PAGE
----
Definition of 'Sewer' Could Be Expensive


(Cars marooned in water that flooded the street in the San Fernando Valley after storm drains became clogged. Photo by Eric Leonard.)

The state legislature is set to vote Thursday on a bill that would redefine the term ‘sewer’ to include storm drains -- a move designed to avoid a public vote on millions of dollars in new spending for rain water capture systems in Los Angeles County.

SB231, submitted by Sen. Bob Hertzberg (D-Van Nuys), lays out a series of legal reasons as to why storm channels should be considered part of sewers, thereby allowing the government to add new fees to property tax bills without debate. 

“Neither the words “sanitary” nor “sewerage are used in Proposition 218, and the common meaning of the term “sewer services” is not “sanitary sewerage,”” the bill states.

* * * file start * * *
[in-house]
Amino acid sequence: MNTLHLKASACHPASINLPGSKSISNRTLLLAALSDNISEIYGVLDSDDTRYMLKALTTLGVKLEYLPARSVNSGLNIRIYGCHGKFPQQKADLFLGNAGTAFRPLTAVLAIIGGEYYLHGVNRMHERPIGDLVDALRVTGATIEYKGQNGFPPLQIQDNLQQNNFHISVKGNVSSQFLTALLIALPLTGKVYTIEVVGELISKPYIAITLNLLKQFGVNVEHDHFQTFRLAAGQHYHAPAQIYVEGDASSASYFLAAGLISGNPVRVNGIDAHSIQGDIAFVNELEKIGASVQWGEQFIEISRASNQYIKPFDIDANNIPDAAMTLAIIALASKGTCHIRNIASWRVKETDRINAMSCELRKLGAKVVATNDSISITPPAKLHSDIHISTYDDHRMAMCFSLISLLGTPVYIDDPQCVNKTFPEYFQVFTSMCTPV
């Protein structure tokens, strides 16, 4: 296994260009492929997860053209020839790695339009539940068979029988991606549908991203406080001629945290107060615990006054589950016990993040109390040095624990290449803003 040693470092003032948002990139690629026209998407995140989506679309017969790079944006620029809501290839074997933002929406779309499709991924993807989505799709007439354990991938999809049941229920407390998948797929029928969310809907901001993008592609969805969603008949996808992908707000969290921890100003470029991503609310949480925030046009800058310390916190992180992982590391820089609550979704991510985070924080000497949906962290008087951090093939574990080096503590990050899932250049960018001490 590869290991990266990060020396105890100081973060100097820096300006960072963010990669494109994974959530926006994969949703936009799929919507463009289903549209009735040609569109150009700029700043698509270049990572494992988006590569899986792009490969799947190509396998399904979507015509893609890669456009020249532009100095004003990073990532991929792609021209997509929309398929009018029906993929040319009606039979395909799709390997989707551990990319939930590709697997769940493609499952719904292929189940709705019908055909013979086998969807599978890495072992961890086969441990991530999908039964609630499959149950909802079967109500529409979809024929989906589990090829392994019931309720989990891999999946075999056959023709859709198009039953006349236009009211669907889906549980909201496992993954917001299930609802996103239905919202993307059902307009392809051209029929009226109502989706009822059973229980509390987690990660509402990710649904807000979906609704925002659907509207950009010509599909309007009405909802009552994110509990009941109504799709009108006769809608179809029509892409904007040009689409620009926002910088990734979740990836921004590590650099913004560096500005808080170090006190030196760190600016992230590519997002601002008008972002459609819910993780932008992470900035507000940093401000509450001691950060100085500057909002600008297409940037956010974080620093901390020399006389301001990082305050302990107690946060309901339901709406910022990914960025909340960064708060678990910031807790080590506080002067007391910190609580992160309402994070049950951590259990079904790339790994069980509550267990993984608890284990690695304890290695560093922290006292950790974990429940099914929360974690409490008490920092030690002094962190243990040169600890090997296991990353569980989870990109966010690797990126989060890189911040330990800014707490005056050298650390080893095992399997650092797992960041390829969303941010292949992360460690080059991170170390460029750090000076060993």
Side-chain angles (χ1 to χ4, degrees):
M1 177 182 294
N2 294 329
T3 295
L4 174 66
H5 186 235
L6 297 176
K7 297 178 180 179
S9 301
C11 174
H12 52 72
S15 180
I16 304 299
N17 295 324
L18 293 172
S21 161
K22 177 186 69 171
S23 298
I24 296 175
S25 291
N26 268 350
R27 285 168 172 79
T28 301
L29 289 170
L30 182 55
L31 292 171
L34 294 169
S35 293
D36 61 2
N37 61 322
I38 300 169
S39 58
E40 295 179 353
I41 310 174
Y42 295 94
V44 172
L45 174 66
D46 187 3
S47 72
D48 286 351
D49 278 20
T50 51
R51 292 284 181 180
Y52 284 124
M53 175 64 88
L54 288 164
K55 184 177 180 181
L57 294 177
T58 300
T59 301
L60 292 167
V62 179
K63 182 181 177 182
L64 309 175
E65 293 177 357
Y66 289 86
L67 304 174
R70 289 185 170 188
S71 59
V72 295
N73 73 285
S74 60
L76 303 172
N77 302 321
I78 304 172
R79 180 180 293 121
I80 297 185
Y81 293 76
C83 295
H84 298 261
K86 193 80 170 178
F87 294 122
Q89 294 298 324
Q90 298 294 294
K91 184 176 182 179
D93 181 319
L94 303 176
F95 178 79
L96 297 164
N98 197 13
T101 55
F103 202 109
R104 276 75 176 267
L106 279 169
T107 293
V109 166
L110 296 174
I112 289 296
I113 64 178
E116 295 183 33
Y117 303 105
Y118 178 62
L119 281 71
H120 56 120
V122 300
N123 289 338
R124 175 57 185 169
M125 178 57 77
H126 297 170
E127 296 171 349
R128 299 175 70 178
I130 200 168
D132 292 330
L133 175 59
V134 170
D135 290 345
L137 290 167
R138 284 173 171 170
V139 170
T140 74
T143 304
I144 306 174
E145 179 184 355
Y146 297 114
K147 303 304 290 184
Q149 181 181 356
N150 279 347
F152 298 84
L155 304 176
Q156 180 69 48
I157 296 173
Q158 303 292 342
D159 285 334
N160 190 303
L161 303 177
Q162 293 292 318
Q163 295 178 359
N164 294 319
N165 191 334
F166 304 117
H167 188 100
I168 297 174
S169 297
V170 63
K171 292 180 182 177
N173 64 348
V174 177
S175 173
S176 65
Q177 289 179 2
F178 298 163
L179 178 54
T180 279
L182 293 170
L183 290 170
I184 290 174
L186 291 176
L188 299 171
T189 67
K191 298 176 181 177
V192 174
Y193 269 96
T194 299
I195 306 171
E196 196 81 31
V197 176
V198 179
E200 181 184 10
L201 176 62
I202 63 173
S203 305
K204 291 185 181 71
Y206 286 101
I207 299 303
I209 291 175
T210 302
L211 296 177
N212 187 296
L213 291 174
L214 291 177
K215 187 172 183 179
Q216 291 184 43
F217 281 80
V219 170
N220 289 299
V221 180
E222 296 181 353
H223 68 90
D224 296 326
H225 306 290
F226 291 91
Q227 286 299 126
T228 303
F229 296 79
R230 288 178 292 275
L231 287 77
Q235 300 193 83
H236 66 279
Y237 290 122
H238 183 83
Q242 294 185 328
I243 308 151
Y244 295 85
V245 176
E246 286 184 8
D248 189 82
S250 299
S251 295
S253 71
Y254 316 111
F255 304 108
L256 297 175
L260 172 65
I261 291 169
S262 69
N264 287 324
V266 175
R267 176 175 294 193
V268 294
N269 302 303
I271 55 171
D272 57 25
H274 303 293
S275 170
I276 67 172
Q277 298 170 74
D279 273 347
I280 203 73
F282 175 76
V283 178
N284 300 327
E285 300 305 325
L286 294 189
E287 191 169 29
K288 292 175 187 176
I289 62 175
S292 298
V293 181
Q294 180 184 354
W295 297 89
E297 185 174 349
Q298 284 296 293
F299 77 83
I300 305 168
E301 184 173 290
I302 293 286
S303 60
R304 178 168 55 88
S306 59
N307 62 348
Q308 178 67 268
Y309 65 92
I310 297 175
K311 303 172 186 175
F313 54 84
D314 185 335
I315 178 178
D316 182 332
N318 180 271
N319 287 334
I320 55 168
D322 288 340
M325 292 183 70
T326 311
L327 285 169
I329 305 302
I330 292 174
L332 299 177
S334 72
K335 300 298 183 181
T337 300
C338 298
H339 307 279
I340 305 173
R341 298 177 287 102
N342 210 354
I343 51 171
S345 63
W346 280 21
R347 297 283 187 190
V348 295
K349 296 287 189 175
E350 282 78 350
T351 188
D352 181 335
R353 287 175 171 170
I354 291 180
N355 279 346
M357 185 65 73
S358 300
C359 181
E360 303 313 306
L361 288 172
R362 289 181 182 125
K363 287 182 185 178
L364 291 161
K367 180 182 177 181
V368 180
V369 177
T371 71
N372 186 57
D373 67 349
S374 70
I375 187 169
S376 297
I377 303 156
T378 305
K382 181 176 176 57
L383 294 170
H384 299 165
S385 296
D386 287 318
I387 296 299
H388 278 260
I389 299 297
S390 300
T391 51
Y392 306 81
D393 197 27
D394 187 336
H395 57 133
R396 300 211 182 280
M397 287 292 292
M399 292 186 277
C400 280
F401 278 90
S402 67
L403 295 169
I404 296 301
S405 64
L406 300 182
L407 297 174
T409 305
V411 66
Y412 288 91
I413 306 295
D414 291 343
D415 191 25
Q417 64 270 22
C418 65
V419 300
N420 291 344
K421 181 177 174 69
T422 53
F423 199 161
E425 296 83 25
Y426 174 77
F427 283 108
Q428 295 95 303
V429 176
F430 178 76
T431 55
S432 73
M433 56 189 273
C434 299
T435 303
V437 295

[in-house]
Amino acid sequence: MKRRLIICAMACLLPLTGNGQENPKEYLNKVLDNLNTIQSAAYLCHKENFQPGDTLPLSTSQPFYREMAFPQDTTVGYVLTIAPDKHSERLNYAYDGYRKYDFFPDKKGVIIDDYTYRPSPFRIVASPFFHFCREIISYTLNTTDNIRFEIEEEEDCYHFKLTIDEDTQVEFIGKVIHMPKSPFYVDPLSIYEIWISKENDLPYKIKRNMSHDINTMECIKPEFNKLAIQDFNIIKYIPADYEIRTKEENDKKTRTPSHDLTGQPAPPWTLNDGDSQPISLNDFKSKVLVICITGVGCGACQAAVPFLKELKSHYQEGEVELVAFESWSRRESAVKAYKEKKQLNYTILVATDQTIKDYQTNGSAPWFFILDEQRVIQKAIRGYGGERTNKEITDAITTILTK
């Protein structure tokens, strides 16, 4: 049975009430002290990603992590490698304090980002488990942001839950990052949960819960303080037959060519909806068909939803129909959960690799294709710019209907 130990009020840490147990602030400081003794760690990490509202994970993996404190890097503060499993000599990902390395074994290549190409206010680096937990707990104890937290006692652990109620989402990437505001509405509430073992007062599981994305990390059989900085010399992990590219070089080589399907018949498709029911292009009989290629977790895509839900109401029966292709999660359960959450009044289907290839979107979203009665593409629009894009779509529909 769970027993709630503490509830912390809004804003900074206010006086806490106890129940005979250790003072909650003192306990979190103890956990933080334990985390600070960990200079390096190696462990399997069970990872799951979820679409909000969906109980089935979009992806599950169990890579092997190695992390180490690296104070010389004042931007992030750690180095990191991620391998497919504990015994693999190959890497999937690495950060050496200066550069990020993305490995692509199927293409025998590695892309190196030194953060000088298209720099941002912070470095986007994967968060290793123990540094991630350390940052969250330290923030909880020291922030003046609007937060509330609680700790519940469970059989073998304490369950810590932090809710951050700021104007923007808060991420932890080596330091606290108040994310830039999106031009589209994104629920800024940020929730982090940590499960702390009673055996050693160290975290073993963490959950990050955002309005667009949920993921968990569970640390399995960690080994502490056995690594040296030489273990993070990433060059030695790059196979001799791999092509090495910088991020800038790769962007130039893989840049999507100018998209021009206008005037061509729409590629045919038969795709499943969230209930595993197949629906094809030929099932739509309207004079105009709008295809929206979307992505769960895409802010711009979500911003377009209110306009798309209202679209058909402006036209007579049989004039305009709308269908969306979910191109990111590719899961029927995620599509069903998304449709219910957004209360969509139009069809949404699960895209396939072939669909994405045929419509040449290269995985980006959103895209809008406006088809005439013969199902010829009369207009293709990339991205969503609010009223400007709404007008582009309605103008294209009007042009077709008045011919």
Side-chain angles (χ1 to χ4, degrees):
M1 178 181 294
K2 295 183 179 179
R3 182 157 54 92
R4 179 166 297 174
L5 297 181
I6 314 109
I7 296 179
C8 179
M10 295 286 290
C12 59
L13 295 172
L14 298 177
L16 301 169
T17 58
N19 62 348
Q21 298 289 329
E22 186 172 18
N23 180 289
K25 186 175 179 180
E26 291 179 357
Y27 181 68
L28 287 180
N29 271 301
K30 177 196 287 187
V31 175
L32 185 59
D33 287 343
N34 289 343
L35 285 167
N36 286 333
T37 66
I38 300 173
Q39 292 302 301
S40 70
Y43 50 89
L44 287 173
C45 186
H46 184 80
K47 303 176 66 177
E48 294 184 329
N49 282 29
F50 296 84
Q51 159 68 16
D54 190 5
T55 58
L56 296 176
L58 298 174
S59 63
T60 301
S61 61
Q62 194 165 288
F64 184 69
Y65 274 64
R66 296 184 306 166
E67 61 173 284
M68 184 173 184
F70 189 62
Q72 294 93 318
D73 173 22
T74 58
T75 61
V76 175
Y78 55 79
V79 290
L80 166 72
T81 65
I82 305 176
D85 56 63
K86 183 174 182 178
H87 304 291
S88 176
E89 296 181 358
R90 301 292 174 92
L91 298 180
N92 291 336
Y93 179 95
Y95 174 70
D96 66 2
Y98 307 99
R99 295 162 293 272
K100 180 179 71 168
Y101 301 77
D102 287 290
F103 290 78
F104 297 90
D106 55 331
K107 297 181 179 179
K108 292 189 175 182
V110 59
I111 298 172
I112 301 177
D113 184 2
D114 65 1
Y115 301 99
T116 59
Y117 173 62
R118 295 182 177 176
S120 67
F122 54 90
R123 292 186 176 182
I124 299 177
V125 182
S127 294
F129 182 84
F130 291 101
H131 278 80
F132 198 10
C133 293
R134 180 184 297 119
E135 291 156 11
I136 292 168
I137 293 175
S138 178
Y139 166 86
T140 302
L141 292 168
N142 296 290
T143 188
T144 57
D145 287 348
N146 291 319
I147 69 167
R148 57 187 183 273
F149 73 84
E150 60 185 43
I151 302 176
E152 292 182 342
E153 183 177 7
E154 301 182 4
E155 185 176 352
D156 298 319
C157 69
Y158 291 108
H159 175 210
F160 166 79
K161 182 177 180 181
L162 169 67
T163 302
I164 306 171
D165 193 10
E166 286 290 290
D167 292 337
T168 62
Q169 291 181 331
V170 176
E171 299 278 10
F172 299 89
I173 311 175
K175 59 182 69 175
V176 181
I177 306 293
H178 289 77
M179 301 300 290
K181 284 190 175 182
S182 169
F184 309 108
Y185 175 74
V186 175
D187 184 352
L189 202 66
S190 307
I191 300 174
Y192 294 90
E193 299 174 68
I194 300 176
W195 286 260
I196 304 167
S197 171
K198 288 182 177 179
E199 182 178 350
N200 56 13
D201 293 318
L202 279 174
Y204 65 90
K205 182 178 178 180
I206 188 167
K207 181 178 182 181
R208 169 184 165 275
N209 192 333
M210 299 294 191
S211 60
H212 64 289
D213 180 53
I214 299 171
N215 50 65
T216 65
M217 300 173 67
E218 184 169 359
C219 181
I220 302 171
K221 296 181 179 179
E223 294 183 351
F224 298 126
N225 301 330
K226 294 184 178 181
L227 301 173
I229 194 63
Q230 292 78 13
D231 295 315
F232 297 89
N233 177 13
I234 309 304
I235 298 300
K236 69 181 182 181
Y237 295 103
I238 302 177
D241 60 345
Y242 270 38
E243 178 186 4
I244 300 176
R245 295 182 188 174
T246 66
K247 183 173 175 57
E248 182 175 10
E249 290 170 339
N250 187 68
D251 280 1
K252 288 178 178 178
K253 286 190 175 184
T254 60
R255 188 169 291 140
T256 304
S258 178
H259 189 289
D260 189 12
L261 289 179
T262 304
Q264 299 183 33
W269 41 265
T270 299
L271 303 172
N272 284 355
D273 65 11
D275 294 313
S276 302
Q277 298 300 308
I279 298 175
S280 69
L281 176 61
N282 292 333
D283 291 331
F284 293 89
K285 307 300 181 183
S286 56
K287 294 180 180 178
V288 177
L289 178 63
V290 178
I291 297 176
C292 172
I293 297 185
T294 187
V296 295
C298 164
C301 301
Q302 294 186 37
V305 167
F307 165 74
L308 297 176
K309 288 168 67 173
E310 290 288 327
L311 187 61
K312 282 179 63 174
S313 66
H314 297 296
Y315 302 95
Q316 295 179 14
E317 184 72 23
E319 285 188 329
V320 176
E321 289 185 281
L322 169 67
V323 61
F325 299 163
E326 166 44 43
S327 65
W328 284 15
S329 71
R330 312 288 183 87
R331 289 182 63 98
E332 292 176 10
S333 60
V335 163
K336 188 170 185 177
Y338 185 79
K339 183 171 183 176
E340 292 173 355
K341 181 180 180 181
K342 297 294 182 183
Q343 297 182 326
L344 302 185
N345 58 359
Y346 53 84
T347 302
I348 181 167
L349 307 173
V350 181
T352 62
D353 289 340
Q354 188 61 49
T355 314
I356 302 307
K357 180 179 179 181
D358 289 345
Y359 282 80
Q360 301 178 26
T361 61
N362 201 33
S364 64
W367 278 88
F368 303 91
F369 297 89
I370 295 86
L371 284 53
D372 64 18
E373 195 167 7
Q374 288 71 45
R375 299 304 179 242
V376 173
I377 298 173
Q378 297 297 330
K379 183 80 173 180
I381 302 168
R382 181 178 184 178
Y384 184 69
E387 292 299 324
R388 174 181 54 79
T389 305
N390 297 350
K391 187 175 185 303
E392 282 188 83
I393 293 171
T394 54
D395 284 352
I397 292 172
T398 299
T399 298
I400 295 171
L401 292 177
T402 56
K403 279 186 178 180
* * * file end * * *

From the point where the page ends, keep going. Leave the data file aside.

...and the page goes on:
Proposition 218 was a 1996 constitutional amendment that gave the government the authority to impose fees for certain essential services but required public votes before the imposition of most other taxes.

SB 231 is opposed by the California Association of Realtors -- that warned passage would likely result in significant increases in property tax bills that could make housing less affordable.

“We have to have a say in what happens in our state,” said Glendora Mayor Gary Boyer, who's also a realtor. He said the storm water collection mandate could add more than $1,000 to each parcel owner’s annual property taxes in Glendora in order to pay for the water collection schemes.

“I think it’s very important the people in the state have the right to weigh in on these things,” he said.

Full text of the bill is here.


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